We last examined the first interior setup of “A Verse Before Dying”, this time lets take a closer look at the exterior scenes.
The low noise, high dynamic range signal of the AF100 allows you a lot of room to internally prepare your footage for the post process. Much like the “superflat” settings of the 5DmkII and 7D, or the sLOG of the Alexa, or FilmREC of the Varicam, the AF100 has a sort of super flat built in. I know I said NEVER use it… But DRS1 is the first step towards retaining the maximum dynamic range in a high contrast setting. In testing with Barry Green, he informed me that the DRS1 setting, pulls down your high lights by about a stop, and adds approximatly 3dB gain to the shadows The ONLY time you can use this is outdoors, in broad daylight, at ISO 200. The 200ISO setting is so clean that adding the 3dB gain to the shadows is insignificant as far as perceptible grain goes, and the highlight protection is far more valuable in a sunlit setting.
This is why we have barely any over exposure in this film. I opened up till we hit 105 IRE on the brightest parts of the image, and if i could net it i did. The rest of the image just fell into a nice place, where with some simple fill, i was able to create a soft tone to the look of the film.
Here are the stills:
So for now we will focus on the basic coverage for the scene.
One man, back lit, one man front lit, and a wide. Essentially i allowed the front lit man, the “bad guy with the scar” to fall where he did in the sun and just gave him a slight edge light with a mirror board from about 45 degrees off angle from behind. I took careful measure to ensure he was perfectly exposed, to ensure he had a proper skin tone.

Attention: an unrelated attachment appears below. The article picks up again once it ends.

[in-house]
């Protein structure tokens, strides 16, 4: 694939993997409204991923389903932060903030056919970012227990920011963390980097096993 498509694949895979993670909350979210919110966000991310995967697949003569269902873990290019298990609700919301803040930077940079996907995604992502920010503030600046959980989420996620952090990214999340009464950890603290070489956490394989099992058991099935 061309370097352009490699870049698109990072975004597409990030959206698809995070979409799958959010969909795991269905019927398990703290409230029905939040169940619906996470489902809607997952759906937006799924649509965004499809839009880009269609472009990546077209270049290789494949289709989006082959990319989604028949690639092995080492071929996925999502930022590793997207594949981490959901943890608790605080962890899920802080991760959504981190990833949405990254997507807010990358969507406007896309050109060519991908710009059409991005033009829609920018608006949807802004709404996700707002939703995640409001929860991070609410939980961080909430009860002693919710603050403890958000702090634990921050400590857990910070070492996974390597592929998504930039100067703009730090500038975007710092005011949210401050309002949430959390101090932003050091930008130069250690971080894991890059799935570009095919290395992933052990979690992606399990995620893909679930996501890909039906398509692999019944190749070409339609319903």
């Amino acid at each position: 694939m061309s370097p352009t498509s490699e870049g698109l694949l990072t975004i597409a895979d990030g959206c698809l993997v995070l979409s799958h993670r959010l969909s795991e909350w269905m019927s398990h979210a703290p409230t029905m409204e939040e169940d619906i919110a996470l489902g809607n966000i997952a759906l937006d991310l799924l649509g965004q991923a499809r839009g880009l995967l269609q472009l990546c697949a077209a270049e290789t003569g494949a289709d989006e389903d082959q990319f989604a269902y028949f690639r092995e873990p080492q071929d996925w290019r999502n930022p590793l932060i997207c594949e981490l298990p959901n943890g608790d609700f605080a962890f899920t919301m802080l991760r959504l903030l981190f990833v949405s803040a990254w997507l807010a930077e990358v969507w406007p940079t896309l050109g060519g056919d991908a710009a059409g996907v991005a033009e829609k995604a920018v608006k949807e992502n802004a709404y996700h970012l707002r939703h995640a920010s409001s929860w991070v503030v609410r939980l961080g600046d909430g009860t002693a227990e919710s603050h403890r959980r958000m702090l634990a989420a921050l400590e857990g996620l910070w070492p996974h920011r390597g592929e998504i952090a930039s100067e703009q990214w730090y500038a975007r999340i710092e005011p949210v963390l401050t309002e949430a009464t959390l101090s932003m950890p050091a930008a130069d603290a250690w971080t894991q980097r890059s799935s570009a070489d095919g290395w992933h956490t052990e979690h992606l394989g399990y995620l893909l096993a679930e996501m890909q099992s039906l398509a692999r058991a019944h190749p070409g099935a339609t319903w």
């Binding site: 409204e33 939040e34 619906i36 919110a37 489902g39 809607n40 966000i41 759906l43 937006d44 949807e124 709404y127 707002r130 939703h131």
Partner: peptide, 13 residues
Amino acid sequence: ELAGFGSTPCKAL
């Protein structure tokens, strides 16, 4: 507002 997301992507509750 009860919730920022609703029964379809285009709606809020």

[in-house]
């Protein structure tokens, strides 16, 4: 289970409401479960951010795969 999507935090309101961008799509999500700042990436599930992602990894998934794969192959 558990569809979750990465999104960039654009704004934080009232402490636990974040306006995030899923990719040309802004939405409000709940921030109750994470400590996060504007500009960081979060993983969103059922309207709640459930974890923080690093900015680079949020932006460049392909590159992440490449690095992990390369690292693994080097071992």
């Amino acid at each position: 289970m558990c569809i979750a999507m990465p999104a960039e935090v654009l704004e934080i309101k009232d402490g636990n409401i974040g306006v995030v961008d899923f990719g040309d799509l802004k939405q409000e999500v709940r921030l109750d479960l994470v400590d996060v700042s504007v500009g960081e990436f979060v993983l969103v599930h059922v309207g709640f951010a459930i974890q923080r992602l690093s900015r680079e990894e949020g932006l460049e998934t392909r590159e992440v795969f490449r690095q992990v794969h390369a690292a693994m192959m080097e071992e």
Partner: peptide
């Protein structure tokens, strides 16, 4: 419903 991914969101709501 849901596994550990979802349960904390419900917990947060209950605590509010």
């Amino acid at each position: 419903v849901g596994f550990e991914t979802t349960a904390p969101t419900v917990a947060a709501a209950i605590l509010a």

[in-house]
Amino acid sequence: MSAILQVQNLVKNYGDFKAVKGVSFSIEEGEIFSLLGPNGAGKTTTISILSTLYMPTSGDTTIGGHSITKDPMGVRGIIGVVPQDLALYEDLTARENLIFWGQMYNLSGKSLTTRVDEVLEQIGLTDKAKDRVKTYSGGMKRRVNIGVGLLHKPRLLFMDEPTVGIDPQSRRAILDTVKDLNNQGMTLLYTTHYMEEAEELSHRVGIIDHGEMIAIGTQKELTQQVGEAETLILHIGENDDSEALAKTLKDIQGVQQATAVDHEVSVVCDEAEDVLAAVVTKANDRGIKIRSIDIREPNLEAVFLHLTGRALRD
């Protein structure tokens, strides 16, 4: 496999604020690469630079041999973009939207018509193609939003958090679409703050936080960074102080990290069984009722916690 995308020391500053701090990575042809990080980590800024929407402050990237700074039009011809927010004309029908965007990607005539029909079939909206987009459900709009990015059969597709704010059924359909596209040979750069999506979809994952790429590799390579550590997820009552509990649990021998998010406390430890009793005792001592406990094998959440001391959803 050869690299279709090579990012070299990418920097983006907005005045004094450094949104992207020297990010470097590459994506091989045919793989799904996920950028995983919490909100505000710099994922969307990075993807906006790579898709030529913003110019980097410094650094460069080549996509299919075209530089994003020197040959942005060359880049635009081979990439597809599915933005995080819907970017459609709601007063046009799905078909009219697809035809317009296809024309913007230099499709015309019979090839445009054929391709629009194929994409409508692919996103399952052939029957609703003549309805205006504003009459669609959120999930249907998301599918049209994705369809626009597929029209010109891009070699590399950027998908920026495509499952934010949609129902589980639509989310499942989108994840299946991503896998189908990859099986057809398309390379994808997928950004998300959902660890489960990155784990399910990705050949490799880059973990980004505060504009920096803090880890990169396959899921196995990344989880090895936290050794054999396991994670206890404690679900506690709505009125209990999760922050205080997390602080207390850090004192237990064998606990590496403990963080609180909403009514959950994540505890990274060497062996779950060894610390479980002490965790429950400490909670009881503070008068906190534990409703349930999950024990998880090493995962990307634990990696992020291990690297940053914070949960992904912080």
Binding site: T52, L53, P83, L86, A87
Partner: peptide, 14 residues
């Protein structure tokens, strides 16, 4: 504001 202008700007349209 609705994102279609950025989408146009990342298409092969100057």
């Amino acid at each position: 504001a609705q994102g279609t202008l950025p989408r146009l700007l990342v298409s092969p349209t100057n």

The wide again was practically untouched, except for a fill light on the man in the white shirt with a mirror board to camera right, reflecting the sun in his face.
The trickery begins with the back lit protagonist. Here is the lighting diagram for him:
I used a triple net, ie a single and a double net, to cut the sun off his shoulder, to help bring his white shirt back form the brink of going too far in to over exposure. I then took two mirror boards, with the hard side reflecting direct sunlight into a 6×6 silk to his right positioned low to the ground, to simulate the naturally occurring scatter of light from the white sandstone sand on the ground , and the white adobe buildings to his left. The mirror board is the unsung hero of out door light control. When pushed through a silk, its as powerful as a 6k HMI, perhaps even more, when its catching direct sunlight. When you start multiplying them up, 2,3,4 mirror boards, you can almost over power the sun in a close up. As you can see the light is soft and simulates what was naturally occurring in the location. Just a little boost to help the camera resolve the image more faithfully.
Photos courtesy of Nadia Caffesse, www.fulltiltphotography.com
Next up…. the cabin…….
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